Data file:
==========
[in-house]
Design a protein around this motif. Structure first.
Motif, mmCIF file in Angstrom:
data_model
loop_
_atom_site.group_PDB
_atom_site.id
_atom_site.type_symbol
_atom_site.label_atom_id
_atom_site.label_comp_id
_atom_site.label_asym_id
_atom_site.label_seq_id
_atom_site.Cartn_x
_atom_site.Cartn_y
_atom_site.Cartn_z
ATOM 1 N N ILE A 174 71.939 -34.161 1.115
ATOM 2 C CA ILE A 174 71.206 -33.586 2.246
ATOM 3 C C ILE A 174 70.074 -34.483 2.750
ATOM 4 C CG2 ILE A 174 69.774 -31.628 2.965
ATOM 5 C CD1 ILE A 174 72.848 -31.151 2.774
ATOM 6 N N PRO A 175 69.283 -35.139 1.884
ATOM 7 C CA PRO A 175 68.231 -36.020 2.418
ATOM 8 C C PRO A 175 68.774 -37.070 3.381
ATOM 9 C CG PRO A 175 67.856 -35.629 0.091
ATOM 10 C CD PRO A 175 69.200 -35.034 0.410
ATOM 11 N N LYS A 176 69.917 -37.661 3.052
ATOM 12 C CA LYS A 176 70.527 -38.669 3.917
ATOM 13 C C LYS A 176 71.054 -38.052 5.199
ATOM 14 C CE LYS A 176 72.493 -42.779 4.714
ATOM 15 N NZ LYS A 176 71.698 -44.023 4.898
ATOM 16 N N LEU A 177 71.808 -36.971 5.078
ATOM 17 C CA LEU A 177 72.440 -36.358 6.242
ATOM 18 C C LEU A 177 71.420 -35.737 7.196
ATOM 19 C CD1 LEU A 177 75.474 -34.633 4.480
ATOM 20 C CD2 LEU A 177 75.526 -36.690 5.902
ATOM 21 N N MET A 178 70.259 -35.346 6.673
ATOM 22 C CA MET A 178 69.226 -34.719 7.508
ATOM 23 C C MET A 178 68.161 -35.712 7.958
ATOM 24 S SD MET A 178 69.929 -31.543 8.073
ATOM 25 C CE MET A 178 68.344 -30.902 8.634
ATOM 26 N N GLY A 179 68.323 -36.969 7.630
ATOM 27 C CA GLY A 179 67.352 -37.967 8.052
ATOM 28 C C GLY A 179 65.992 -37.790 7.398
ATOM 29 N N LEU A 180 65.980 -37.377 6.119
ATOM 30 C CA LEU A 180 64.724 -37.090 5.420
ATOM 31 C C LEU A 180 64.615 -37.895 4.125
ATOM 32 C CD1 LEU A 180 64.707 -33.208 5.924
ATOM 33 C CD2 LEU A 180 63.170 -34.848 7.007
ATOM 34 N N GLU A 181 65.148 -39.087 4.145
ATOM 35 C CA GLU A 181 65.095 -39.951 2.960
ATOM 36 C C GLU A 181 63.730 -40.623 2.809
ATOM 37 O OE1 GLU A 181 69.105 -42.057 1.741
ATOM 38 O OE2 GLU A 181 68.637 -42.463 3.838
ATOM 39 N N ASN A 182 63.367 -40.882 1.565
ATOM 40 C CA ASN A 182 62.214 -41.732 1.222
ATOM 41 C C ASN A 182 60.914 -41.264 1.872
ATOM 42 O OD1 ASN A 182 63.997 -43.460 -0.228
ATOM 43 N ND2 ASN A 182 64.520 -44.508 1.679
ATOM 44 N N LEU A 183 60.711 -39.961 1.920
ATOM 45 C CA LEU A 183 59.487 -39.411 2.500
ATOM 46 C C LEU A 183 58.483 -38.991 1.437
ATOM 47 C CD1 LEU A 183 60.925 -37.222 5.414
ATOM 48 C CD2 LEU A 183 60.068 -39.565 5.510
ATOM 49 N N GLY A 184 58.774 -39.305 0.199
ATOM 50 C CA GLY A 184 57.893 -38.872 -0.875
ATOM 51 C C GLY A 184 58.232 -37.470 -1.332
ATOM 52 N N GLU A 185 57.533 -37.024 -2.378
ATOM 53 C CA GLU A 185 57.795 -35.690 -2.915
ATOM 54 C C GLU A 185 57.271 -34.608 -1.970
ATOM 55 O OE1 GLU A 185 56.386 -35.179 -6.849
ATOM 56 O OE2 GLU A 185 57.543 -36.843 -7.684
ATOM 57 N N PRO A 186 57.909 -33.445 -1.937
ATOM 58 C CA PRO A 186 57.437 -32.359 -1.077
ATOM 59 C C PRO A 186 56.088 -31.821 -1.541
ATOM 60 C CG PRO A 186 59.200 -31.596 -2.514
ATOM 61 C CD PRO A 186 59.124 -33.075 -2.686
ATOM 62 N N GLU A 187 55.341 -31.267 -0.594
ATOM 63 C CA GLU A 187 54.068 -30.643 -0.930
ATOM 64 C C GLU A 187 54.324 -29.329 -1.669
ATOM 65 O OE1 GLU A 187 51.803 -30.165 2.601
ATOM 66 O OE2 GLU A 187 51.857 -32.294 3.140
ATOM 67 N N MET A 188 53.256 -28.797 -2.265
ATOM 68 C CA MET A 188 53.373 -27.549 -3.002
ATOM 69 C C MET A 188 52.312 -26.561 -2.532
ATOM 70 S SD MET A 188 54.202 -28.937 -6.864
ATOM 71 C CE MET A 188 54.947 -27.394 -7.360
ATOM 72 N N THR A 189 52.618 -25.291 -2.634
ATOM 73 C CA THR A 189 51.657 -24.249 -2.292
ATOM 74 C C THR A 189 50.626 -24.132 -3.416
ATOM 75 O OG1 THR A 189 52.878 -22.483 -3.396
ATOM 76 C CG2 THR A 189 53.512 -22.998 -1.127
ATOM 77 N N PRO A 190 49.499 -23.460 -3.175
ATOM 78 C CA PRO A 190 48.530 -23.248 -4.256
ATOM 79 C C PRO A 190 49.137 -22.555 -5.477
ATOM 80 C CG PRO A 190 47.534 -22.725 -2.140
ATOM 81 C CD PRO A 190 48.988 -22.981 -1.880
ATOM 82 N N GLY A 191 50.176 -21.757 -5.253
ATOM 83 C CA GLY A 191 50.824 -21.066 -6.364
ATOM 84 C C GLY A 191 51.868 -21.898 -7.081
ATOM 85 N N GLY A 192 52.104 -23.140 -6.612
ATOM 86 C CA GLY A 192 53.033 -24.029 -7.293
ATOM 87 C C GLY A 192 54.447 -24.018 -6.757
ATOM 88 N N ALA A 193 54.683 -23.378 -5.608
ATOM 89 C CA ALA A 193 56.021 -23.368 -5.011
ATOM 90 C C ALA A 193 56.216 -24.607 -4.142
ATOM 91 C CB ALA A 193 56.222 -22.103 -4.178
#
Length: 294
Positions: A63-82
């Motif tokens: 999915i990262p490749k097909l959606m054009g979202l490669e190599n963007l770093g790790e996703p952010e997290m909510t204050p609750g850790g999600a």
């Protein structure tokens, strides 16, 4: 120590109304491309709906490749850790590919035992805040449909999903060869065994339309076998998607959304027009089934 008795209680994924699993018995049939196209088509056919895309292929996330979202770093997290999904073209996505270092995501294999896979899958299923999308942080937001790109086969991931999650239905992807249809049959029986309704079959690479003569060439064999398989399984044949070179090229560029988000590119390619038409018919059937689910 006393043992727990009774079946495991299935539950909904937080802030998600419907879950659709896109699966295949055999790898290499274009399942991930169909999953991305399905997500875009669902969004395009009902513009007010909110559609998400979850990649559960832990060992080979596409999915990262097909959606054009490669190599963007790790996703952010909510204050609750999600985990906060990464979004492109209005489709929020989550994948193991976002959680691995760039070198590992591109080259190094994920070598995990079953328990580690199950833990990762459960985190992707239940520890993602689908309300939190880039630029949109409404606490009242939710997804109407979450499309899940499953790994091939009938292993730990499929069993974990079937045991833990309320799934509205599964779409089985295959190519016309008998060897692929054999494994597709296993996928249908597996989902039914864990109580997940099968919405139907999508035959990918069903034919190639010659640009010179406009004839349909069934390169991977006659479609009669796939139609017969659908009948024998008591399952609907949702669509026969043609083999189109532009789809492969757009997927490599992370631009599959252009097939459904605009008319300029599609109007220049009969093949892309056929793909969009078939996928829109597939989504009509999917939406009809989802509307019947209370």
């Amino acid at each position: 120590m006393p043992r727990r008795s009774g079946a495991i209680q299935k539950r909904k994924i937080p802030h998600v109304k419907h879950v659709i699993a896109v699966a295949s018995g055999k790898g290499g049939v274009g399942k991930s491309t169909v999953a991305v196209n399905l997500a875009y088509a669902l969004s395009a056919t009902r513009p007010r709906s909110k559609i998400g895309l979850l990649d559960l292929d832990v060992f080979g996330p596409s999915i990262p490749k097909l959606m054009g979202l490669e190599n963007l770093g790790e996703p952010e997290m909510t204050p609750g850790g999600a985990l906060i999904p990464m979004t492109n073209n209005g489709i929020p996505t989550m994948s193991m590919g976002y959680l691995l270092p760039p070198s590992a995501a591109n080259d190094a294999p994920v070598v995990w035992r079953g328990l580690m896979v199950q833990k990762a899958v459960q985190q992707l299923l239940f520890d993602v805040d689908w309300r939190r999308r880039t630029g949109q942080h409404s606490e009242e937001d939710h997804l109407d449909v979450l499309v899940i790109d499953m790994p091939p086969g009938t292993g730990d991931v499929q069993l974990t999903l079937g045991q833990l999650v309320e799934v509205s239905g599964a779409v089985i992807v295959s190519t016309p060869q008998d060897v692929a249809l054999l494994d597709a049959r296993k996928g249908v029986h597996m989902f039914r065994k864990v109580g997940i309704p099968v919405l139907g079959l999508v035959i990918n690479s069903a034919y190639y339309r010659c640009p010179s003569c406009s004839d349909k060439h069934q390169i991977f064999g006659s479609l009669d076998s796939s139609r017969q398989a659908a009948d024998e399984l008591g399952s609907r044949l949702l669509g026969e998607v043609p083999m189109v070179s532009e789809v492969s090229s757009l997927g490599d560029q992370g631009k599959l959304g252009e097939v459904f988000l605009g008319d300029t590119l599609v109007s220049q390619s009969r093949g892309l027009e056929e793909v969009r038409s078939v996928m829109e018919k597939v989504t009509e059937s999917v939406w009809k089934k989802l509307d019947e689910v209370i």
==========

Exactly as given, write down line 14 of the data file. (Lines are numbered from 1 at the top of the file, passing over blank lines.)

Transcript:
_atom_site.Cartn_y